All of the green revolution, from solar bikes to accounting for butterfly populations, has become possible because this sort of personal information has become instantaneously public.

    In outlining that software above, you will notice that I set up fields such that users may control the privacy of every record they enter. It would be my hope that users elect to make as much of it public as possible, to benefit similar self-sufficiency communities. Even with encrypted data however, nothing is likely however to prevent access by certain agencies. There are a dozen manufacturers of smoke alarms with wireless mic and video. Back in ’93 when the home computer had a 40Mb harddrive, there were 60Gb RAM cards capable of processing such data streams. There are around 80 computer AI language applications for interpreting such data. There is a repository of every communication, voice or text (and probably camera/video today) sent on any media band. Give that a moment’s thought.

    Unless you wish to live under a lead roof, and x-ray your shoes and ball-point pens to keep out tech, the only reason to remain private is if you trust your neighbors least of all. (Which, if you lived in an unsavory community, one could make a case for).

  26. IF THERE WERE A REVOLUTION (In the follow-up context of privacy and alternative communications).

    Food riots or political upheaval could place us in such a position. The WTO actually places North America highest on the global risk of such an uprising.

    If that were the case, be assured that only a tight community already in place could function well. Cell phone towers already have A-lists built in, and anyone standing against a corporatocracy stands to have their banking, communications, and utility meters shut down instantly. We have seen this already in action in our first cyber-war in which supporters of wiki-leaks have had their finacial transfers censored, and those supporters responded by shutting down MasterCard for an afternoon.

    Where does that leave renegades? Does anyone even own a typewriter and mimeograph machine anymore, or even know what they are? Assuming you still have power, photocopy machines and even home laser printers are required by law to print hidden indicators of the printing source. Supposedly this is merely to prevent counterfeiting, but the astute will see that the implications run far deeper.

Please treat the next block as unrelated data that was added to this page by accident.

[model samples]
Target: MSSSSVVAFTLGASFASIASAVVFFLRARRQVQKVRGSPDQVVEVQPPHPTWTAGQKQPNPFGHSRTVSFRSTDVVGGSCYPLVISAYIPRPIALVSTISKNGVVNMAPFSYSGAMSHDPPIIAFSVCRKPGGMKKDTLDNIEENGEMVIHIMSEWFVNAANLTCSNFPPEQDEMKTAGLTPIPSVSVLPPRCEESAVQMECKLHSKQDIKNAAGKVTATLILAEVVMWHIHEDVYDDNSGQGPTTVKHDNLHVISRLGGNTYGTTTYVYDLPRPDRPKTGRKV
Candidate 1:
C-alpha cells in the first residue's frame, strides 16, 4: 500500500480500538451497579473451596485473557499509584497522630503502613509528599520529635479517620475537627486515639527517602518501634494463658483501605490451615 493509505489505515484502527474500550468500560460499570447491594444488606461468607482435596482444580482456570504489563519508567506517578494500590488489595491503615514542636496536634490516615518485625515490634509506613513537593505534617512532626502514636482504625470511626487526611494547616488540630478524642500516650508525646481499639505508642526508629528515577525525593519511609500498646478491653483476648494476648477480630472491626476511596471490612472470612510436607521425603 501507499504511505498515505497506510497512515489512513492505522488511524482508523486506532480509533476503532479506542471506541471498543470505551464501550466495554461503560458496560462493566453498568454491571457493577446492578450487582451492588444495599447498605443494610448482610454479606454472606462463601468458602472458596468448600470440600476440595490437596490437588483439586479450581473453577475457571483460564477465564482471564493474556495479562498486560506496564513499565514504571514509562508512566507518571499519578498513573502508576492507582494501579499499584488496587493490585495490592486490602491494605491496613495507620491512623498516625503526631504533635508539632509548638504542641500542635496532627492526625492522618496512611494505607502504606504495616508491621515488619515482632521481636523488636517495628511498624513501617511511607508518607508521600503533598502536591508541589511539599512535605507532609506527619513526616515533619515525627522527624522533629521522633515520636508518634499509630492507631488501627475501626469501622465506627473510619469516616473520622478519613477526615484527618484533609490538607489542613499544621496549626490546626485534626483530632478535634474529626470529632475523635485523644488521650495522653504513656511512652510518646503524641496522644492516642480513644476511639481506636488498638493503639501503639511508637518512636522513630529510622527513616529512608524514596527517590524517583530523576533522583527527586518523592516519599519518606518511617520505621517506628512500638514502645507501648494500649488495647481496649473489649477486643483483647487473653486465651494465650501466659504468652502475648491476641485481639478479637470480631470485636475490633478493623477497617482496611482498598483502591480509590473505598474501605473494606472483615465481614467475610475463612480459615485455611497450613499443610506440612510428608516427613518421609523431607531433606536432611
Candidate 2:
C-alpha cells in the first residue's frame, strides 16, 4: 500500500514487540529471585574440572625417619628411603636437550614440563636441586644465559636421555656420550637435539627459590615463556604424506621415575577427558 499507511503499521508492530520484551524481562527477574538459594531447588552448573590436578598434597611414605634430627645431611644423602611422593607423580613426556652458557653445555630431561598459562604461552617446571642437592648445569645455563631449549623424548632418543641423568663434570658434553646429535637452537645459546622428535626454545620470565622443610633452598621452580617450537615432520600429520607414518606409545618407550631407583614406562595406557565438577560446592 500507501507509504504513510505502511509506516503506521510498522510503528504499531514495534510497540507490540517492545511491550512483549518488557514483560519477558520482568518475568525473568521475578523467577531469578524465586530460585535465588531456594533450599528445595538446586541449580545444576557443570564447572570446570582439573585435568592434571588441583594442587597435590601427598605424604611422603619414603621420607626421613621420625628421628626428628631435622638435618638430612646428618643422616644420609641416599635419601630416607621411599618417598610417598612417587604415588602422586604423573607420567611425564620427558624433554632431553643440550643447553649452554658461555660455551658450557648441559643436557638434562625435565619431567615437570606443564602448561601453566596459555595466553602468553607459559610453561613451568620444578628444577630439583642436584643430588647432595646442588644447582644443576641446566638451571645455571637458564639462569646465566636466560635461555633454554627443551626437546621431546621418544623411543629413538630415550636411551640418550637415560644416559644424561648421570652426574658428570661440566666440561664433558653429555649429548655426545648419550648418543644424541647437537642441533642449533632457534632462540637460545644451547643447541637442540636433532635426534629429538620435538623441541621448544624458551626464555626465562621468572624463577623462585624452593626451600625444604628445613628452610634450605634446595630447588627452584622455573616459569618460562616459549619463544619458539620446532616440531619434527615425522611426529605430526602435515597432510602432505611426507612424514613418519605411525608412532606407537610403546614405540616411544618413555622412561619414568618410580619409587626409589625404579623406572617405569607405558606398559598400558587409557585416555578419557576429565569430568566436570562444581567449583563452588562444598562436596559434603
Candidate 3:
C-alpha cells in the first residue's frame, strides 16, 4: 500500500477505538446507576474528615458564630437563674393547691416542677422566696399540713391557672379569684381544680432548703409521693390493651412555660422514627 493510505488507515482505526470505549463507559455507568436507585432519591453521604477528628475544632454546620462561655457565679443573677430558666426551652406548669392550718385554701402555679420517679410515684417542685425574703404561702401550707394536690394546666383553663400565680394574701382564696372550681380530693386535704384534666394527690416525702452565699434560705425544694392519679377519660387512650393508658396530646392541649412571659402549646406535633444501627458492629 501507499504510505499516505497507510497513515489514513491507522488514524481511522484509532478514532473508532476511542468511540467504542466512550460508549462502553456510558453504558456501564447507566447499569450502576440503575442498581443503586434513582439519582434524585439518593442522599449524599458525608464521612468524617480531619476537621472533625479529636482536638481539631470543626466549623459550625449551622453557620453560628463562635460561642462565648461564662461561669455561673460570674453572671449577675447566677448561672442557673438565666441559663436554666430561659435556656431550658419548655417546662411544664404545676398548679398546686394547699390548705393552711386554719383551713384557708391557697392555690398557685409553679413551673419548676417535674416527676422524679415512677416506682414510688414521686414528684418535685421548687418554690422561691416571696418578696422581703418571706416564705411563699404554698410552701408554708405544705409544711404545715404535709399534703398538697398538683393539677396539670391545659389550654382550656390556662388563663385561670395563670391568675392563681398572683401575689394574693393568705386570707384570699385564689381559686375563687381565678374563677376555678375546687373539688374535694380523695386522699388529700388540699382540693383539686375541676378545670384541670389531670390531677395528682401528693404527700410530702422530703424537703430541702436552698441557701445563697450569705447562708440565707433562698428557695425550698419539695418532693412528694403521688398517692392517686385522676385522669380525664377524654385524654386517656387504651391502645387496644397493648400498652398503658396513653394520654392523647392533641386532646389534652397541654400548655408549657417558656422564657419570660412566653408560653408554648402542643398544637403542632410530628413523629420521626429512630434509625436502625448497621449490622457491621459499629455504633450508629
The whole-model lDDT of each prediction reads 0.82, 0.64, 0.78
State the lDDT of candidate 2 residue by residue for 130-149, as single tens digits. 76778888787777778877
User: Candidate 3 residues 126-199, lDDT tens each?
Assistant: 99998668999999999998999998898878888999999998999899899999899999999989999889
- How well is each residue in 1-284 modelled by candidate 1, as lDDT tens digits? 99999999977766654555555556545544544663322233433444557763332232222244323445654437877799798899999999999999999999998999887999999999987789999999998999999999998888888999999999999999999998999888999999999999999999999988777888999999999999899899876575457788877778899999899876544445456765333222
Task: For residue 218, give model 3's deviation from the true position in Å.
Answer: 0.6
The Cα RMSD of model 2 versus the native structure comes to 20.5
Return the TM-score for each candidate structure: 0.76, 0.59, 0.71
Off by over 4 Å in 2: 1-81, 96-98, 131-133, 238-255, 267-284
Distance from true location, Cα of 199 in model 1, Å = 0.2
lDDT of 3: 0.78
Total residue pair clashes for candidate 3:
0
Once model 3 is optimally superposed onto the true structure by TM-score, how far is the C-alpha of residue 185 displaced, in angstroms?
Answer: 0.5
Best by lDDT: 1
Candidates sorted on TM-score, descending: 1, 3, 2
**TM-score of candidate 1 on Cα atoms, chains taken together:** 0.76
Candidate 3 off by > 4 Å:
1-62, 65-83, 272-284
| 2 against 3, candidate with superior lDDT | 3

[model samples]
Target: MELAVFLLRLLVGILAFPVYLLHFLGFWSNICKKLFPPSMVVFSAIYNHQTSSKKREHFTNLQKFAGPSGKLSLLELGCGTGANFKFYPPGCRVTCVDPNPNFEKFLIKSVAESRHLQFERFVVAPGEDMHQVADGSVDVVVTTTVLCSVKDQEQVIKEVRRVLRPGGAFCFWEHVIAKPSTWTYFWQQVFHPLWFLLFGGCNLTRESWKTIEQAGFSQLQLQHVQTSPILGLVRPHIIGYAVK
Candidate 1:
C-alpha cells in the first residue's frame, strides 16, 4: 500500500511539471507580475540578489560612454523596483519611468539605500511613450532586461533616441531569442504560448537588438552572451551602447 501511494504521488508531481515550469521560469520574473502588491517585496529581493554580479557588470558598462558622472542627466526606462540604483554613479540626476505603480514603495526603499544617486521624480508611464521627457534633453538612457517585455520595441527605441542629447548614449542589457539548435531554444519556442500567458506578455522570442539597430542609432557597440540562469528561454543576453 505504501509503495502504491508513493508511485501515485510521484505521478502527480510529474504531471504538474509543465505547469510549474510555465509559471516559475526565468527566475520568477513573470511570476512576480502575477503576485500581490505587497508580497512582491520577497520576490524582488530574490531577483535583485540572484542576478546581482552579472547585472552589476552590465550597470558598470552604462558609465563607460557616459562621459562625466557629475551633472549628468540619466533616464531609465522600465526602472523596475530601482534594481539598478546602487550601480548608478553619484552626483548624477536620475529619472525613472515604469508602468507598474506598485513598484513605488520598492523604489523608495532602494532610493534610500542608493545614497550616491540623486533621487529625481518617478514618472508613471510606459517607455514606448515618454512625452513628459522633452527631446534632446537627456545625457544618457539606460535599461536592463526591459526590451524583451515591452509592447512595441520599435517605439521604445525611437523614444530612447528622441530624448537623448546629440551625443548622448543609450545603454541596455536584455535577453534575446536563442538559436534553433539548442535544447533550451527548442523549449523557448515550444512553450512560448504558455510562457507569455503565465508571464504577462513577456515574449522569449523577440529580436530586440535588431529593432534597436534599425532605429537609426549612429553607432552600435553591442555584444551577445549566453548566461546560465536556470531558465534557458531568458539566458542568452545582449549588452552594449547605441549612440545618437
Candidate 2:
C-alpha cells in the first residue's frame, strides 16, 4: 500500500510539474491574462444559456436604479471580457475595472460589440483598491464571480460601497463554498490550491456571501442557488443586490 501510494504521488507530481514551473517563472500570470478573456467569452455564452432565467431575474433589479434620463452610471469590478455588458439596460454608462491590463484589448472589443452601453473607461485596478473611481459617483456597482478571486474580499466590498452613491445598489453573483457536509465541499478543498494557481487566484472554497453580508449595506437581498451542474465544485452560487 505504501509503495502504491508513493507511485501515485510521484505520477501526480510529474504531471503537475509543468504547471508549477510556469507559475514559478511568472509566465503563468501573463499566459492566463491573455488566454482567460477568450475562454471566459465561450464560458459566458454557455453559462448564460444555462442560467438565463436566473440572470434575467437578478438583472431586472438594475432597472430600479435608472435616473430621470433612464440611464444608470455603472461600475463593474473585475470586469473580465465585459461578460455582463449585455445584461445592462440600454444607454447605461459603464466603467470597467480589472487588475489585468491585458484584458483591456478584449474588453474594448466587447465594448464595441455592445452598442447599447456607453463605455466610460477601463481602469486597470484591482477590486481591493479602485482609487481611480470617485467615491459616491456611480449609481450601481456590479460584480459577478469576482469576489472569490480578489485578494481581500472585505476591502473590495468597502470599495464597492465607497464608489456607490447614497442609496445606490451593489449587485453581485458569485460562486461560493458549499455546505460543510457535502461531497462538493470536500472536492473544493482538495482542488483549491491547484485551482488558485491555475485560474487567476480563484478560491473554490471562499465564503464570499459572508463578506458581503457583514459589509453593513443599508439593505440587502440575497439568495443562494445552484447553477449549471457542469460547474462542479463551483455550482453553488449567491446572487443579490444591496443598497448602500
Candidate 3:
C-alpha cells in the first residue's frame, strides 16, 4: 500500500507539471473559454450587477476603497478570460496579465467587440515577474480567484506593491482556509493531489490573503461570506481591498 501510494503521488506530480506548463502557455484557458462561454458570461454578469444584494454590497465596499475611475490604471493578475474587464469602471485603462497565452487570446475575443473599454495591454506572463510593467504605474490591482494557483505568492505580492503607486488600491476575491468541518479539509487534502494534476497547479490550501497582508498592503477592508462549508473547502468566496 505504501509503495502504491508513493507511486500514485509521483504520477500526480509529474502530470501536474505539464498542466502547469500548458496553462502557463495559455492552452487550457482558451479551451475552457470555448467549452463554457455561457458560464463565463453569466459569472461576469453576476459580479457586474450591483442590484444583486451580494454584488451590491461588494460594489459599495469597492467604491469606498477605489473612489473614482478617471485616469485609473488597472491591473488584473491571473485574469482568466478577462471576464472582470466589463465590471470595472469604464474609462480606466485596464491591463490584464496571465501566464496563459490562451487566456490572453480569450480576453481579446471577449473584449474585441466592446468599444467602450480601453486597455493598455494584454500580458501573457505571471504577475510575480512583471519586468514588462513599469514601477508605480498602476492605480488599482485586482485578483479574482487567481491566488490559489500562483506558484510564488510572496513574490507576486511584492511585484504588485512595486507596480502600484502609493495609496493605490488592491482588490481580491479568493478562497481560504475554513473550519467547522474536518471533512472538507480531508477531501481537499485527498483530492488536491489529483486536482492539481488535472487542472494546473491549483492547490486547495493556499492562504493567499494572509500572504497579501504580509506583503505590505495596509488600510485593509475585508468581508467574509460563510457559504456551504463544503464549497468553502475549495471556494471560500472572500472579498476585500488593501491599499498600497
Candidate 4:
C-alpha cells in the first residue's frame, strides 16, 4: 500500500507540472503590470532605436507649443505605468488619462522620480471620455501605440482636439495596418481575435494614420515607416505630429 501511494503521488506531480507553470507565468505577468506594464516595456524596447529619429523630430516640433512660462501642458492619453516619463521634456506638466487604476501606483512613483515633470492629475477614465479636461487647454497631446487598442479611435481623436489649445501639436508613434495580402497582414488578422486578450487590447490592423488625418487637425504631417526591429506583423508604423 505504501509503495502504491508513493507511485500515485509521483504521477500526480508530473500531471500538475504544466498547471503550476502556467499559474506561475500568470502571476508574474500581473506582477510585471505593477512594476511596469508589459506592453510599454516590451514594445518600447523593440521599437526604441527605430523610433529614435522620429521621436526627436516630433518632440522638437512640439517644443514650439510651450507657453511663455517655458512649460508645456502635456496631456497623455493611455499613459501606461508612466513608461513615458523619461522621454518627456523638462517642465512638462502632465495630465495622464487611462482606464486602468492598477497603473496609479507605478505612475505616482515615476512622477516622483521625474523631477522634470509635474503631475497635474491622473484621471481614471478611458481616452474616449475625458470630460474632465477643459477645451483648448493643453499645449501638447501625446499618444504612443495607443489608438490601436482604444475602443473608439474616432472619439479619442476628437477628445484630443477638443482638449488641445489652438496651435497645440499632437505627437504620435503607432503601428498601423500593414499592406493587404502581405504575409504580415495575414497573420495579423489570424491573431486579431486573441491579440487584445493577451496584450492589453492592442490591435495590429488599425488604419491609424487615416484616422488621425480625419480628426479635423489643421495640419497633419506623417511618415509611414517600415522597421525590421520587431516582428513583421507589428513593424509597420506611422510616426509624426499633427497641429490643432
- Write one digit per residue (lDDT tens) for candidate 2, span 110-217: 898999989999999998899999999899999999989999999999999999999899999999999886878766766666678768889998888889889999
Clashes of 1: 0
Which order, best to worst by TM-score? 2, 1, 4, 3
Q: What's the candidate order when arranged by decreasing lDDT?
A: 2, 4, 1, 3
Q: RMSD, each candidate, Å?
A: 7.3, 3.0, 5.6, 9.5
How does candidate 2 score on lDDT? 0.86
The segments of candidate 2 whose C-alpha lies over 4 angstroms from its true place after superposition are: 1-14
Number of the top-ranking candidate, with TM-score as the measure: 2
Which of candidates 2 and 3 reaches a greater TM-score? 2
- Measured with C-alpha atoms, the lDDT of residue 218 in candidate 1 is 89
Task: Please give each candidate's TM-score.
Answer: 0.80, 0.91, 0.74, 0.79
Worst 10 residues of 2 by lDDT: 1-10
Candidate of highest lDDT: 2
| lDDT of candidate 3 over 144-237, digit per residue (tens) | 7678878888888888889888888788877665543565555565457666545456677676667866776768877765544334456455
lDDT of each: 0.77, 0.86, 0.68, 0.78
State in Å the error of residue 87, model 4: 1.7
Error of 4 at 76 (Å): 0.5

I, for one, have no interest in a revolution. It runs counter to the interests of global and national prosperity. What I do want, however, is a government and business climate which responds to public interests. This is not going to occur if the general public attempts to live underground, instead of evolving the system themselves from the inside out.

    There are so very few elite with space-shuttle reservations to some secret colony on Jupiter, that I doubt anyone really has an interest in revolution (if they gave thought to it’s consequences) except a few wackos hoping for some rainbow armageddon to cleanse the earth.

    That said, anything revolutionary in nature, which from a lifestlye perspective, includes a return to sustainable living, needs to be high in the general public awareness, not occurring in secret meetings.

    It is because of this that the business climate has evolved to improve wind-mills, build solar-farms, go organic, and decrease and publicize their ecological foot-print.

    I am an ex new-age minister, and from that perpsective I can still suggest that those who are distrusting get the karma of those who are distrusting. Generous returns come to those who are generous of heart. If you would desire to have everything available, be prepared to offer everything. All things are known, and all things are under control. This control supercedes the risks one places themself in for self-exposure. Every chirp of a bird and flat tire is orchestrated like gears of a cuckoo-clock, according to each persons needs. This is my reality at least. Thrice I have stood fearlessly at gunpoint. I have never been abandoned in times of need. I may have had my house pirated by homeless junkies I let stay there, and my bank account drained by hosts during my sabbatical travels, but this all ultimately worked out for the best anyhow.

    Aside from practices to avoid spam, I have found that publishing my most intimate details over 14 years has had many benefits, and no negative consequences (except the annoyance of relatives who don’t feel the same, thus I now at least keep other people anonymous).

  27. In the complciated world we live in, it’s good to find simple solutions.

  28. […] Transition Town Movement and how it might apple to Lummi Island. More details of that session were posted here in December of […]